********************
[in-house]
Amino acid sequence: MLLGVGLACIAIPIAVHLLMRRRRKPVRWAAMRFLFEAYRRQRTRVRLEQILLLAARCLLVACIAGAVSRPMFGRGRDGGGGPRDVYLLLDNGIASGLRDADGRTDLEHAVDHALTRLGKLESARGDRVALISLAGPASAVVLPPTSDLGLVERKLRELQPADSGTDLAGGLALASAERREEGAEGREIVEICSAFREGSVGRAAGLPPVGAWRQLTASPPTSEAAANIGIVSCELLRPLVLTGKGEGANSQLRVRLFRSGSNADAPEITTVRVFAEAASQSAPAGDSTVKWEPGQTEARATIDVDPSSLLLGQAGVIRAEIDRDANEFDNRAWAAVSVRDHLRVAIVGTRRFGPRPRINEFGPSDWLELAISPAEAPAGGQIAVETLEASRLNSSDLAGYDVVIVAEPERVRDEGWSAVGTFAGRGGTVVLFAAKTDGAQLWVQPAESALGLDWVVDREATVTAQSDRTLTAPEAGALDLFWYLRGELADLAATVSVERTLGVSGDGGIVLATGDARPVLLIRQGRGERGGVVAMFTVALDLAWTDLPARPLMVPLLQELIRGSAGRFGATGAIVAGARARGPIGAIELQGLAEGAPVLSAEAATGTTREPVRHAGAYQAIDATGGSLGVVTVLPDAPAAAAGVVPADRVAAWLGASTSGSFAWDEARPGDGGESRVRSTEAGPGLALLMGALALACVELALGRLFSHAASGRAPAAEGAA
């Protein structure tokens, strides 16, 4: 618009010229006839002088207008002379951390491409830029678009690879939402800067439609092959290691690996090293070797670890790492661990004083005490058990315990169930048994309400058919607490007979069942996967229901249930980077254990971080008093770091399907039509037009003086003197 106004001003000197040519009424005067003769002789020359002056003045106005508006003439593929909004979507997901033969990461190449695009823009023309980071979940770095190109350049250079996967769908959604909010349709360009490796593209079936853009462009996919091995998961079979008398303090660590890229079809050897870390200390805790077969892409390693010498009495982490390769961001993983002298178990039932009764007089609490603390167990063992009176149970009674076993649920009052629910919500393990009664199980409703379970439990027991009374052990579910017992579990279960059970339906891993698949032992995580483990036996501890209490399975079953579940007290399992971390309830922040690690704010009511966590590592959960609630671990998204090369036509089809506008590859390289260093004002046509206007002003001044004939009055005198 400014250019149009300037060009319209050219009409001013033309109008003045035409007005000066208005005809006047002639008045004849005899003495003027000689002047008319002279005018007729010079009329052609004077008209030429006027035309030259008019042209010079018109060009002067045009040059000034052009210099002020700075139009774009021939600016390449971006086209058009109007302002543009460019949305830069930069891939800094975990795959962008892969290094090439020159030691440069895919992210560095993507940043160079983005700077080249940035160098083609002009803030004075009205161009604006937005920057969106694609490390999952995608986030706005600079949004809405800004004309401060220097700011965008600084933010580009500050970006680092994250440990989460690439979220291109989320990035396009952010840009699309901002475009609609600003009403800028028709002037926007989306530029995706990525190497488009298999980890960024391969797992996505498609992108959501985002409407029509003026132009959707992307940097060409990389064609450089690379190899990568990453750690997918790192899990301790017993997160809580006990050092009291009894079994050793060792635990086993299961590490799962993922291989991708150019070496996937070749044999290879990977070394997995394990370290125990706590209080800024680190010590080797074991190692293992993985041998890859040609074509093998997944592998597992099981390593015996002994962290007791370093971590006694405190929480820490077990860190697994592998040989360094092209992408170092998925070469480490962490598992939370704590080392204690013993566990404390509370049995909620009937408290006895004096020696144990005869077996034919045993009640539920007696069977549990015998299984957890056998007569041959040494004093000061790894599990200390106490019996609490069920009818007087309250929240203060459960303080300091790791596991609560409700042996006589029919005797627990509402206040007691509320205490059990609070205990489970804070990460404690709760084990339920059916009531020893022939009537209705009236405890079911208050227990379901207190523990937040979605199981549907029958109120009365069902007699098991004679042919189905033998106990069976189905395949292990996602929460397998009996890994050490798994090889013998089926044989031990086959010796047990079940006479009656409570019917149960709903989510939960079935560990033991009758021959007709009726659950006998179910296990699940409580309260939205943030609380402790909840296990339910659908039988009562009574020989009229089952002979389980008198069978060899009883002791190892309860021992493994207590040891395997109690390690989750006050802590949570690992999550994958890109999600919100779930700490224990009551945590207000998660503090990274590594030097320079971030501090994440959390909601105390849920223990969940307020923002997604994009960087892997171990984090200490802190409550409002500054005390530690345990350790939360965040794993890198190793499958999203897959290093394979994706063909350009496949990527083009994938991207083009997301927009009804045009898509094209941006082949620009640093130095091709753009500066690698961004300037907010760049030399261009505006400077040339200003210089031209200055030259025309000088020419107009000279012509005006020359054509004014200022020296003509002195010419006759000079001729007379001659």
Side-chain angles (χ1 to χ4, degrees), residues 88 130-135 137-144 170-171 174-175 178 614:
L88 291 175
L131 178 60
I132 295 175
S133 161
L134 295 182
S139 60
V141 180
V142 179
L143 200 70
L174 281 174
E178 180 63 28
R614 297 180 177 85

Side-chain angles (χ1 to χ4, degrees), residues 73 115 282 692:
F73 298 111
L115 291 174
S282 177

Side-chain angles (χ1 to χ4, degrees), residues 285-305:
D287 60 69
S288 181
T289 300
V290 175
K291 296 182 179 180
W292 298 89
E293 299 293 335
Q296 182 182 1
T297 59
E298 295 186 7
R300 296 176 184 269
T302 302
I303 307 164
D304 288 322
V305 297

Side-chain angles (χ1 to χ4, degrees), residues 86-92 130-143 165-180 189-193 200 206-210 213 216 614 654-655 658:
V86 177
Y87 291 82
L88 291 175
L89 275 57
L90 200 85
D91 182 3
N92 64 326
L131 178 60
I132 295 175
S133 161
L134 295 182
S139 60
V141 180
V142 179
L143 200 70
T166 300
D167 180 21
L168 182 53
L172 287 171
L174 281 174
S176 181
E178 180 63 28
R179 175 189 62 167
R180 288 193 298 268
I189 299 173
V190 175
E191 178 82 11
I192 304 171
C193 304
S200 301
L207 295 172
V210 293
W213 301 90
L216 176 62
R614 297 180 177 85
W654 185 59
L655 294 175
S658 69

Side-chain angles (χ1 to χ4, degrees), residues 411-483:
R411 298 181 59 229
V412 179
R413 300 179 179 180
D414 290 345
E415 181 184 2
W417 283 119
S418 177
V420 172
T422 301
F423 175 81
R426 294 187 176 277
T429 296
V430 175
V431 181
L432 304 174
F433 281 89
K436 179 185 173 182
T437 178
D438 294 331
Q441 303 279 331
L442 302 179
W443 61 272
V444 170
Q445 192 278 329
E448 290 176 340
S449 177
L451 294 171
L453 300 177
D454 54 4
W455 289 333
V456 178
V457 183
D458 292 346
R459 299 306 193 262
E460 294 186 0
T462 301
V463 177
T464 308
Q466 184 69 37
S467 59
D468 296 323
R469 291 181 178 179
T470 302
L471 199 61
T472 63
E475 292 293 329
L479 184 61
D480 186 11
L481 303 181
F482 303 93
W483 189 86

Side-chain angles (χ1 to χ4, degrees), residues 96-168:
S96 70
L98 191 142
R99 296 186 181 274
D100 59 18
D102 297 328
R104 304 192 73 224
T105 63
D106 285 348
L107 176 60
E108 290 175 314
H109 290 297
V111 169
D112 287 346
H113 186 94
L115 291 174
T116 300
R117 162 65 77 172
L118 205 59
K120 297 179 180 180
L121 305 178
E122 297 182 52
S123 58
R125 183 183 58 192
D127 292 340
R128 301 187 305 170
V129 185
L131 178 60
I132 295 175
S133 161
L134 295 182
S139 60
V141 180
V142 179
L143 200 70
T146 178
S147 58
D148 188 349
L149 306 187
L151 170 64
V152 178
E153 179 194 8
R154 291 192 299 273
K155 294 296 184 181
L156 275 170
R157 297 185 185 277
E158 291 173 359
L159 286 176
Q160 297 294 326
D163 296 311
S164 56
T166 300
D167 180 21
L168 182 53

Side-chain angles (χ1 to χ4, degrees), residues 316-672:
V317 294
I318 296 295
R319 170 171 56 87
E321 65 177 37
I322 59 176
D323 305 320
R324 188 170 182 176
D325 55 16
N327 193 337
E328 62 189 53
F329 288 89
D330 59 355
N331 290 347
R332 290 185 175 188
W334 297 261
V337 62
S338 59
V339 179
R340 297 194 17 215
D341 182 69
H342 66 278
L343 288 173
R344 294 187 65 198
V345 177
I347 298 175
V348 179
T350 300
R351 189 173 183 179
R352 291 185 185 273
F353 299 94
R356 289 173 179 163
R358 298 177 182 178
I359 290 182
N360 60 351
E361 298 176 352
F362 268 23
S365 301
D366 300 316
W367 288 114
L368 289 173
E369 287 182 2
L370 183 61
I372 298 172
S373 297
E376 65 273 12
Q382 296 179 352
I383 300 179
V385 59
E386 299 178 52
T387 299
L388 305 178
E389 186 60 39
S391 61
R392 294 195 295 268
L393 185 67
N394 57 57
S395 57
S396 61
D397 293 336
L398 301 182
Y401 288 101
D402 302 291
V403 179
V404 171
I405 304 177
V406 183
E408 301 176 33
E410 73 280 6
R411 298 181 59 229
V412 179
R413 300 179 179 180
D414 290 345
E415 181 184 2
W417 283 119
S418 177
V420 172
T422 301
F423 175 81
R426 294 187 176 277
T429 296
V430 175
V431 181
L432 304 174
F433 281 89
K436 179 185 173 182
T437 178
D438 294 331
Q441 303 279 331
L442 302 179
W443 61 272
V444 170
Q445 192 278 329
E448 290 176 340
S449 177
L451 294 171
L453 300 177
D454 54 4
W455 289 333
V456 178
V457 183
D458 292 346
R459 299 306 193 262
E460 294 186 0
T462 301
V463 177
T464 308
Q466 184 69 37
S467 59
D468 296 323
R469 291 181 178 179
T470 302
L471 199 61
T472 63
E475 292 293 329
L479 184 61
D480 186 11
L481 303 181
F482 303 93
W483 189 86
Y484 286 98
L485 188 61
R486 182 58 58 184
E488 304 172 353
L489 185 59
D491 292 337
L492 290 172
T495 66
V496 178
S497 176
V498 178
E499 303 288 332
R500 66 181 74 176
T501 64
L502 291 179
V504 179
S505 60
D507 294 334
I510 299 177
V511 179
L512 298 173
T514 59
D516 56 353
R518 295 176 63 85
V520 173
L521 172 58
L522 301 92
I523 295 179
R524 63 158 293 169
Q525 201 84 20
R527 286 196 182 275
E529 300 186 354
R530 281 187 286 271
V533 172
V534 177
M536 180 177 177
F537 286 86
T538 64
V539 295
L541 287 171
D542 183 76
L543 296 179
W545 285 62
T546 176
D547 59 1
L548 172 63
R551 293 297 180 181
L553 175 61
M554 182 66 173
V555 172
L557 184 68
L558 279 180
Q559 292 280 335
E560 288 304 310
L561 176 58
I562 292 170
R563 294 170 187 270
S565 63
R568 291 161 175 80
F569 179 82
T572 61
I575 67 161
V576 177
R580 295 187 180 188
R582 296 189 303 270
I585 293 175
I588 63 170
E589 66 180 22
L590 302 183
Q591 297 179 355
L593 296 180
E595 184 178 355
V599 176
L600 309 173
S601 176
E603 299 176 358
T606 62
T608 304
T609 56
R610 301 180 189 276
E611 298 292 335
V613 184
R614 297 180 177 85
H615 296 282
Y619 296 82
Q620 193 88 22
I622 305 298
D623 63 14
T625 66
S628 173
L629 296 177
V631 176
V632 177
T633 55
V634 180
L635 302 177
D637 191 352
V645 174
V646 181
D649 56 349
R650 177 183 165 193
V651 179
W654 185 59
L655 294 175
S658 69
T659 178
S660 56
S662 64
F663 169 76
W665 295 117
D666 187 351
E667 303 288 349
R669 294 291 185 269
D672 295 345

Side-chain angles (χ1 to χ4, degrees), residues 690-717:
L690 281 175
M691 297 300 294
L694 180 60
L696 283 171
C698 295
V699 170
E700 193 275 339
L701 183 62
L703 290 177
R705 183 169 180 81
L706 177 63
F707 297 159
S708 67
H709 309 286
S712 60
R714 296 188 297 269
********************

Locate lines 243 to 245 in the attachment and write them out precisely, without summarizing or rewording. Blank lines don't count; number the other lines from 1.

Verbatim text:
Y401 288 101
D402 302 291
V403 179